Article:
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Come November, Come Books….

November approcheth and my heart singeth…yes! I cannot eulogize about Fall – Winter enough. However after dedicating nearly every 3rd post to the praise of this glorious time of the year, I have decided to move beyond and give a scintillating synopsis of my bookish plans for November!

Cometh November, Cometh several book club activities (No idea, why I am writing like this, but then as Mark Twain said, ) To begin with, I am participating in Brona’s AusReading Month 2014. I am actually in a middle of this big project which goes live in November and this project was launched in partnership with our Australian counterparts… now that’s fate!! How can I not be part of this event? Besides, for some time I have planned to expand my reading horizon beyond the obvious British American, Classical/Historical genre. This event is therefore godsend and I plan to make the most of it! To begin with, I am planning to read the following for this reading episode –

  • “The Dressmaker” by Rosalie Ham – I heard some brilliant things and much praise about Rosalie Ham. Needless to say, I am really looking forward to this one!
  • “Picnic at Hanging Rock” by Joan Lindsay – I saw this book as a film (a rare one for me…I always read the book and may or may not see the film) and is based on a true incident regarding disappearance of a group of college girls out for a picnic in 1900. I was intrigued then, but was too young to follow on the details. Seems like a good time to dig on the details.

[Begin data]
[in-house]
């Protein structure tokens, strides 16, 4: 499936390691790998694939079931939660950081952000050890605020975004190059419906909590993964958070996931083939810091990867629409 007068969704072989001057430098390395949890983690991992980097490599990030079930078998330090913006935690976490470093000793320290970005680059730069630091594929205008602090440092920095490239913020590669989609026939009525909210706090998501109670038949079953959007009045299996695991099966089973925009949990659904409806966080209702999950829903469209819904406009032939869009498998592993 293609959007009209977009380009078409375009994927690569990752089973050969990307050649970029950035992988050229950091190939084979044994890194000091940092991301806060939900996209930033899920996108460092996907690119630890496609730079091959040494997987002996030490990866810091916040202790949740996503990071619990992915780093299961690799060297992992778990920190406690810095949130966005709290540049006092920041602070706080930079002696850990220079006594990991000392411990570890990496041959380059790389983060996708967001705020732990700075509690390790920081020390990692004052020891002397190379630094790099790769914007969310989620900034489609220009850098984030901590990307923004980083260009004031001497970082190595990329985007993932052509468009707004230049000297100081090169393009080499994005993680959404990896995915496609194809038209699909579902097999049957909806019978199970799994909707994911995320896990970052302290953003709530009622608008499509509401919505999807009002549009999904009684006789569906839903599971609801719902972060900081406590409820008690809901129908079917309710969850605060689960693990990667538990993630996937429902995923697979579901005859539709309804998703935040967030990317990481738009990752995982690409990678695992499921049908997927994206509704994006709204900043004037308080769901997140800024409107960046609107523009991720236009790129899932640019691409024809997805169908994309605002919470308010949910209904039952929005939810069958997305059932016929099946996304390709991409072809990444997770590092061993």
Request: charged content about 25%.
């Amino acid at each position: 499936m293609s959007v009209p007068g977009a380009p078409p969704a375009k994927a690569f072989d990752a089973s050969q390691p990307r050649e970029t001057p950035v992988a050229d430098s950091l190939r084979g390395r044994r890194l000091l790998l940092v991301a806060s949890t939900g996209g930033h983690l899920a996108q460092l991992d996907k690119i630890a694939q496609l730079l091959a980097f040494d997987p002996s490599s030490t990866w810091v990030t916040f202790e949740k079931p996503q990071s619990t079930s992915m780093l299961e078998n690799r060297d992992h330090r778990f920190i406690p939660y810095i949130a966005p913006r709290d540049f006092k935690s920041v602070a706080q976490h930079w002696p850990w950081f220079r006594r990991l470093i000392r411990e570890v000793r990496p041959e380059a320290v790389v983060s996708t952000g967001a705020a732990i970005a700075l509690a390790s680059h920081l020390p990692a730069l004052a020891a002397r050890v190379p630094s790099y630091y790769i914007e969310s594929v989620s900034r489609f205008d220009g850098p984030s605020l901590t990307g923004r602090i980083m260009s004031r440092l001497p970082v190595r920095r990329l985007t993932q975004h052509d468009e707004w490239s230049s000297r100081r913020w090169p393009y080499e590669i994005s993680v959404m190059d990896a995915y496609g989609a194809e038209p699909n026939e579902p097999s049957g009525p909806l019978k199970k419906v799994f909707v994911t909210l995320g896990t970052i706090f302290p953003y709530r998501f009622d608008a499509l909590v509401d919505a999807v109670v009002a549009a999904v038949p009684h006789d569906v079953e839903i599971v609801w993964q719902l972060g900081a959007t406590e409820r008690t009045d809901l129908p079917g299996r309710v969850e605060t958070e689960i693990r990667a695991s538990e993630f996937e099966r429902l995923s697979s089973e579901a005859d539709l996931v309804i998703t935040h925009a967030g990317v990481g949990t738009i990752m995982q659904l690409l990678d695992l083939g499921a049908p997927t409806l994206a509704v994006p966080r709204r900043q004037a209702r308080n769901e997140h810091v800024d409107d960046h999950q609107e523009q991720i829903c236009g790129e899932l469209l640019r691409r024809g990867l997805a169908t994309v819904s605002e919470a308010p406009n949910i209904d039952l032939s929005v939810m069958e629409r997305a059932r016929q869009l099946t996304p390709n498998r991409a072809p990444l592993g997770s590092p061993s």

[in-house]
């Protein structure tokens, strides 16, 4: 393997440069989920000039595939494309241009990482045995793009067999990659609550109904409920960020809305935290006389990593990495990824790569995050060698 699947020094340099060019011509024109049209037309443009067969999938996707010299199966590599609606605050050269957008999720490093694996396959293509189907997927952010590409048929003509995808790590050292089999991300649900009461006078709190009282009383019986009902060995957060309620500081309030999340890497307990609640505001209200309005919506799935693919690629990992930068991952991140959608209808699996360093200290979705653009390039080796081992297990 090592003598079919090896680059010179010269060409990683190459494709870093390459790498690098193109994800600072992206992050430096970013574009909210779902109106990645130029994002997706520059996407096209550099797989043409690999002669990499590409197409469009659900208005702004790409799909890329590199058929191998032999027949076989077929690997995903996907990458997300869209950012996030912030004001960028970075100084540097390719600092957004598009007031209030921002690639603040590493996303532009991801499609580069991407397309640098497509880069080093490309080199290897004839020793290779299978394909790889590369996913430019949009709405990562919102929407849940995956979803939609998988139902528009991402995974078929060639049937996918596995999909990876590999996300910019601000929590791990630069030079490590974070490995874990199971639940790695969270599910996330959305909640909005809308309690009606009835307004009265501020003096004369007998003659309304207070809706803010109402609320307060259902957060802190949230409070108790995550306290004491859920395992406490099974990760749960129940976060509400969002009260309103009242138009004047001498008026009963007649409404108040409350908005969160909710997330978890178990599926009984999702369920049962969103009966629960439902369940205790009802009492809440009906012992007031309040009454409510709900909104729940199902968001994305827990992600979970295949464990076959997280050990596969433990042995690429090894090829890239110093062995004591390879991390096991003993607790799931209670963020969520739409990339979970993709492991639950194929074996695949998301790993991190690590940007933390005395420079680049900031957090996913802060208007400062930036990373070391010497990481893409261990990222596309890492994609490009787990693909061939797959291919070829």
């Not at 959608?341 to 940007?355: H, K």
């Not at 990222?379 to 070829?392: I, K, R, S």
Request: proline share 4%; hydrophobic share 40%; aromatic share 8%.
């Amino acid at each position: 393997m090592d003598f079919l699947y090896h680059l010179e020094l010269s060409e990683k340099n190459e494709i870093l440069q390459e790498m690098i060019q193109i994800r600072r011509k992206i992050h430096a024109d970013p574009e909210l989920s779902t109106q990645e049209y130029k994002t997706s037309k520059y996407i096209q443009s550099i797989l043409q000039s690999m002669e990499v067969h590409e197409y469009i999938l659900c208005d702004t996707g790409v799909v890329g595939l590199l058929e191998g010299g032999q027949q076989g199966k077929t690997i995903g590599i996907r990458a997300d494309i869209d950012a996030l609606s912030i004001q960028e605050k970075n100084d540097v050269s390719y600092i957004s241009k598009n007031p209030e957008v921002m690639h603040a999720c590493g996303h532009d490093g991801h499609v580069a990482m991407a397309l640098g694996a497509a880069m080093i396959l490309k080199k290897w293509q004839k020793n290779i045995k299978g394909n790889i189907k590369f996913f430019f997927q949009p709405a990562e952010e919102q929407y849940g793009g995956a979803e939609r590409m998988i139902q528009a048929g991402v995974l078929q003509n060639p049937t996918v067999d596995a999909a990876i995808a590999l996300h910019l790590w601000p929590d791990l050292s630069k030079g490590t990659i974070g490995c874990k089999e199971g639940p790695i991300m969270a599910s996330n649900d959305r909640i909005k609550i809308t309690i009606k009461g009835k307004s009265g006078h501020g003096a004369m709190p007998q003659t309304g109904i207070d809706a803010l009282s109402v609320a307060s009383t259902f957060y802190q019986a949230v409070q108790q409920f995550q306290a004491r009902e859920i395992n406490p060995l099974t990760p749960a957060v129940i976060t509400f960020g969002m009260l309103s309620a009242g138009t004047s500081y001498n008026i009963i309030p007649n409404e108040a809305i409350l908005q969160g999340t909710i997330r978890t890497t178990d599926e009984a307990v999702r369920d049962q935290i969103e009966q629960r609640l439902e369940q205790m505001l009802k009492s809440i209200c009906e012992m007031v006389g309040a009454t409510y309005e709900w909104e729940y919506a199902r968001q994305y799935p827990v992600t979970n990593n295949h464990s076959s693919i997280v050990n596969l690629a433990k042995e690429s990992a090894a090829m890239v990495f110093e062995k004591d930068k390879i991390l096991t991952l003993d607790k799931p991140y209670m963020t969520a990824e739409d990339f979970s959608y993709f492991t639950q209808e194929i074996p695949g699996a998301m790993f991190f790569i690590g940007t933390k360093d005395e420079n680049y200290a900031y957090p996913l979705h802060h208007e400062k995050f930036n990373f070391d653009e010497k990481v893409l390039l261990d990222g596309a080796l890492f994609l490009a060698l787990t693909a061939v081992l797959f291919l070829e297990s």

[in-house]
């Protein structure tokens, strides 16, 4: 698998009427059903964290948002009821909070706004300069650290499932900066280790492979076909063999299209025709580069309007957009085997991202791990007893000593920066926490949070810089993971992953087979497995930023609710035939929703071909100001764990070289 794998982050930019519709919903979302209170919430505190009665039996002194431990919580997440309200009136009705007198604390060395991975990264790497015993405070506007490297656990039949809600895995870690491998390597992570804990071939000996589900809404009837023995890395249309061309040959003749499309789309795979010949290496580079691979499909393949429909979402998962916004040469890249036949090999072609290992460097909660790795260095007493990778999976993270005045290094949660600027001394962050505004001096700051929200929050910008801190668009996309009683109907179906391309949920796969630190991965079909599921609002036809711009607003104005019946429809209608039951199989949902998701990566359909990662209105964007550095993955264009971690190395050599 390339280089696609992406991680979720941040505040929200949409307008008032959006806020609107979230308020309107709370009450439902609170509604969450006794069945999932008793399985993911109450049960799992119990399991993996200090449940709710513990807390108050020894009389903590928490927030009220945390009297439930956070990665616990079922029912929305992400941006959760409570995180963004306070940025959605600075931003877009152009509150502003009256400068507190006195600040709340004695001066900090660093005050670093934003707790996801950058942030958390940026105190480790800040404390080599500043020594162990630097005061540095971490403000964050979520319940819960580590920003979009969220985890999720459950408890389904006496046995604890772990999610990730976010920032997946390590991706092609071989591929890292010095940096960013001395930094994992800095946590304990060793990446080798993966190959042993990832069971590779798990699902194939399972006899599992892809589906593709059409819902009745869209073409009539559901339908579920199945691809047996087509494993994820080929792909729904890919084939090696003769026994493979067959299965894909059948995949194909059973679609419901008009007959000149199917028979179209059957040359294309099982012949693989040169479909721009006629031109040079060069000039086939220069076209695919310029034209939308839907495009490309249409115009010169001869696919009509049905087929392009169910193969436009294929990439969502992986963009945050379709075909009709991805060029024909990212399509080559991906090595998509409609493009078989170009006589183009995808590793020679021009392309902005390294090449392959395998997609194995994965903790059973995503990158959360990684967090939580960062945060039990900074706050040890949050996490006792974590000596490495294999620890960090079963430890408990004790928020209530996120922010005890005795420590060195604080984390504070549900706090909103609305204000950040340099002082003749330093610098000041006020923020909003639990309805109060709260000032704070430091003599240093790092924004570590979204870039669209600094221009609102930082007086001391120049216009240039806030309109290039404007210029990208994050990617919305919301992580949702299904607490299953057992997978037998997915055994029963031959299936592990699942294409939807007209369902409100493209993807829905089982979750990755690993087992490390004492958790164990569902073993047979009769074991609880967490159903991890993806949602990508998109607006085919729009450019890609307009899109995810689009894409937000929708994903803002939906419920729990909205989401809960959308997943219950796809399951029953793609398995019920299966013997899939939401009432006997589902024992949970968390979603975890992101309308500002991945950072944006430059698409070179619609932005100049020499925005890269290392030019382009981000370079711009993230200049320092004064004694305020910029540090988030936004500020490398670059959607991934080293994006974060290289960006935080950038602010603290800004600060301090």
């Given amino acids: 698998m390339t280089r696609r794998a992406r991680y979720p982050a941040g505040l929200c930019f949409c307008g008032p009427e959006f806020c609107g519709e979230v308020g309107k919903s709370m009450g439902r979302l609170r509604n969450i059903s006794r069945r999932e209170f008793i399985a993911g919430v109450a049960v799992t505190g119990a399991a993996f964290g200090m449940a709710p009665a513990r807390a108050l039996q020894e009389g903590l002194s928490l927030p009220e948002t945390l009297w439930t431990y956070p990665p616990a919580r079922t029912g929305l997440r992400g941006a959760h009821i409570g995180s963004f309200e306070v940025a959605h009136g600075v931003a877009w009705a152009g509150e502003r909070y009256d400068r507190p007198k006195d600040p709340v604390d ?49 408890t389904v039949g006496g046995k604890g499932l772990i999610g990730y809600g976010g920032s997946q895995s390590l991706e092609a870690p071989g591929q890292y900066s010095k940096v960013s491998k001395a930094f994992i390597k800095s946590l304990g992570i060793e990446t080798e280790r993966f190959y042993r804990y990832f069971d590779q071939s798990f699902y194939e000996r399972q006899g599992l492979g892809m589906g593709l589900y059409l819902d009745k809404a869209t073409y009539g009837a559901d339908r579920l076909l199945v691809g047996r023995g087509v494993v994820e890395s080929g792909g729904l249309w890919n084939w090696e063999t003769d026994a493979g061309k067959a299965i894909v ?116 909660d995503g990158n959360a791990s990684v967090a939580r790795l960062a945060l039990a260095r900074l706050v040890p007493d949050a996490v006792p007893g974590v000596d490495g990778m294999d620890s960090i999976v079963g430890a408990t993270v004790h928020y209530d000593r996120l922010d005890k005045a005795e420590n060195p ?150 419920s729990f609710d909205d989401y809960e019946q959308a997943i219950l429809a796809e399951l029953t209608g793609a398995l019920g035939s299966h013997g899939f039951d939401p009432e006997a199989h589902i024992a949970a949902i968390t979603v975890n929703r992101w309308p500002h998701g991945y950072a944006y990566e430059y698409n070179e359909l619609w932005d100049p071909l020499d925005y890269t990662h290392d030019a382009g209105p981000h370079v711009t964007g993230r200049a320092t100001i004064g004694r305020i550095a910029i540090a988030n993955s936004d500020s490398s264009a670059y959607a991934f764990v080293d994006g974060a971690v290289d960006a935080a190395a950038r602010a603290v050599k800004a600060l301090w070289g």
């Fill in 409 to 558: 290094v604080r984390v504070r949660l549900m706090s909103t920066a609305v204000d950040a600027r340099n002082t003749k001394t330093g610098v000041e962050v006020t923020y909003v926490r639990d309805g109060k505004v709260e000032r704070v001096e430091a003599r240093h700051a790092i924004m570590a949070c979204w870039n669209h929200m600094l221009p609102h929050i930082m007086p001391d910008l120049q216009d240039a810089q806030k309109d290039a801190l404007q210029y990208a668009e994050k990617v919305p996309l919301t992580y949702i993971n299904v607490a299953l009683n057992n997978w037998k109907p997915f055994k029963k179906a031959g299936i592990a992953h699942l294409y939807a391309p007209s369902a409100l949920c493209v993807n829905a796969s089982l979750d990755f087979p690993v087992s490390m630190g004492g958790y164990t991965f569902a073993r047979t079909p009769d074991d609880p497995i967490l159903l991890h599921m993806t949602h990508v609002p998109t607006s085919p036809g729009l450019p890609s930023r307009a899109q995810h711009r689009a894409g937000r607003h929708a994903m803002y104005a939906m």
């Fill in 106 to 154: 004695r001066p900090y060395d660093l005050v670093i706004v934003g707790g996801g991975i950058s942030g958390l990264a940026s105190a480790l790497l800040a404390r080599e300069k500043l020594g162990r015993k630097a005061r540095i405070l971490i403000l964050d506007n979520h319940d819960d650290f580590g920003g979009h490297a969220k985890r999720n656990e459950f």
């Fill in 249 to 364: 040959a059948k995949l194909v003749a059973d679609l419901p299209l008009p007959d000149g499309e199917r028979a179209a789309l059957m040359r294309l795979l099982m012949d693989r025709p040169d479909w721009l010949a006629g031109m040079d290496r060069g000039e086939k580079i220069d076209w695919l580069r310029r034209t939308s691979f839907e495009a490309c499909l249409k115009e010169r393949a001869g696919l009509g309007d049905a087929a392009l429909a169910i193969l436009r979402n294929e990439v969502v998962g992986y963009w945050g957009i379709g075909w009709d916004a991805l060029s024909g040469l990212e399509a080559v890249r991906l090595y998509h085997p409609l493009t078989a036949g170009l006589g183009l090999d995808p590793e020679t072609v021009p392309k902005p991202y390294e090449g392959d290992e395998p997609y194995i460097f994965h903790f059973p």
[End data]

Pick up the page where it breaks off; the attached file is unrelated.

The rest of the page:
Besides this, I see that Classic Club is organizing a Victorian Literature event this month and I will naturally have to be part of it. My parallel life lives in the Regency-Victorian age, I cannot really pass up this event. My reading plan for this one includes

  • “Three Men In a Boat” by Jerome K Jerome – I love this laugh out loud book and began reading it a day before Classic Club announced its event. It makes complete sense that I continue reading this book.
  • Jane Eyre” by Charlotte Brontë – I always have mixed feeling about this book, but it is a time for a re-visit, re-read and re-consider.
  • “Lady Audley’s Secret” by Mary E Braddon – I bought this book, like a million years ago and if I don’t read it now, I will never read it! So onward, Mary E Braddon
  • “Mary Barton” by Elizabeth Gaskell – I really really enjoy Mrs. Gaskell’s writing, but the plotline of Mary Barton seems a bit tedious and I have therefore hesitated reading this for some time. But courage and brave heart and so and so forth, and I sail forward bravely to try this one, this month.

Among other reading news, I have yet to start Michelle Lovric’s “The True and Splendid History of the Harrington Sisters” as well as Susan Howatch’s “Penamrric” . I think I plan to read these two every month, but with the each month having its unique reading event lately, these two are getting shelved. I think, in December, I will do Will-not-finish-the-year-without-finishing-these-books event, for myself. These two will star right on top of it that month. I am also wading through Henry James’s “The American” and Mark Twain’s “Innocents Abroad” – I thought it would be fun to read to contrasting genres, authors and plots around the same subject and around the same time (“The American” was published in 1877 and “Innocents Abroad” in 1869)– an American travelling in Europe to enrich his/her cultural understanding. It’s an extremely interesting exercise in contrasting literary forms and narrative style and I will post about the same one of these days! I have also begun reading “The Painted Girls” by Cathy Marie Buchanan and so far I am holding on to my opinions on this book!